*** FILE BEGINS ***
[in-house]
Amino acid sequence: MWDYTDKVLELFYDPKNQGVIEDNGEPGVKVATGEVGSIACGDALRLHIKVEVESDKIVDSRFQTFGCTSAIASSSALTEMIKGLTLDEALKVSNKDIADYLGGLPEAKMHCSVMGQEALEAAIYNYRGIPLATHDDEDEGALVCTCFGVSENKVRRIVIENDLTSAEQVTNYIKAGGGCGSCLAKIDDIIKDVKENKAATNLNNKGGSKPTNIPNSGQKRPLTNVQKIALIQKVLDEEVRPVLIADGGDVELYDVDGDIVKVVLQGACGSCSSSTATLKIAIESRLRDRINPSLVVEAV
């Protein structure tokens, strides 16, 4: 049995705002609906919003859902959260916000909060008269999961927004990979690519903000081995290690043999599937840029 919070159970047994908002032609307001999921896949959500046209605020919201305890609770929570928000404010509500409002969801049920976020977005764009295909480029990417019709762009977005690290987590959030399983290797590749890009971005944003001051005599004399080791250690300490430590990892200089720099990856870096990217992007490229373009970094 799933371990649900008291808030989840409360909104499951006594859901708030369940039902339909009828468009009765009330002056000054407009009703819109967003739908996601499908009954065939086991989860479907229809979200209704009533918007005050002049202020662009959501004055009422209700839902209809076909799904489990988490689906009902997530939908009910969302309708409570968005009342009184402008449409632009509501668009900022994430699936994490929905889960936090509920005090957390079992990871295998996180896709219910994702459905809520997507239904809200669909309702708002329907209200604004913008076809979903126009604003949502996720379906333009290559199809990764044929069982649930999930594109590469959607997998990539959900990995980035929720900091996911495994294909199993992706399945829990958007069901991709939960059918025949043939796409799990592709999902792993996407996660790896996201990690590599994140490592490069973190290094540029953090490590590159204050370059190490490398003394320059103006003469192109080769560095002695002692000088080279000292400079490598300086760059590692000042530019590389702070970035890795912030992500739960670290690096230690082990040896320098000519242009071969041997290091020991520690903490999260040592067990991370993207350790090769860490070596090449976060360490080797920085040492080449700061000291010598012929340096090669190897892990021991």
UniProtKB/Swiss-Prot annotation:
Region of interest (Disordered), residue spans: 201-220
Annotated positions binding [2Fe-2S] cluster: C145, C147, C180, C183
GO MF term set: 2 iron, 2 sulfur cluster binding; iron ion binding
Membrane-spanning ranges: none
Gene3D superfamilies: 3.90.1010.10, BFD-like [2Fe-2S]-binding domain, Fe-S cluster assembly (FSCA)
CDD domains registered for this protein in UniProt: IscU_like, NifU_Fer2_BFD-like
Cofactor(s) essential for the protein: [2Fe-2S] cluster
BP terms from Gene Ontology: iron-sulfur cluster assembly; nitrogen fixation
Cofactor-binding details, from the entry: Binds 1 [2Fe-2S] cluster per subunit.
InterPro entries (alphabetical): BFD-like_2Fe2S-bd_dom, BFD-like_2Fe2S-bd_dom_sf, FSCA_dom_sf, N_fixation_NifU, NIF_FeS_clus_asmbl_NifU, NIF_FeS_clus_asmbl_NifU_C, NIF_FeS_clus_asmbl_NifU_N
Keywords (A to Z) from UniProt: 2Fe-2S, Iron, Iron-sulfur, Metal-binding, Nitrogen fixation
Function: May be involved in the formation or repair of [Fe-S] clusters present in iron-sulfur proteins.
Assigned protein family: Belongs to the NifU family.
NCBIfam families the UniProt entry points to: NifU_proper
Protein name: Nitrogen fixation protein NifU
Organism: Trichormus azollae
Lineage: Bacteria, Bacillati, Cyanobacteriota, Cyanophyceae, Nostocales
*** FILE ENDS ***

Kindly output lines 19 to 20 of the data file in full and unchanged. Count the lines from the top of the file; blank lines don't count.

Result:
Protein name: Nitrogen fixation protein NifU
Organism: Trichormus azollae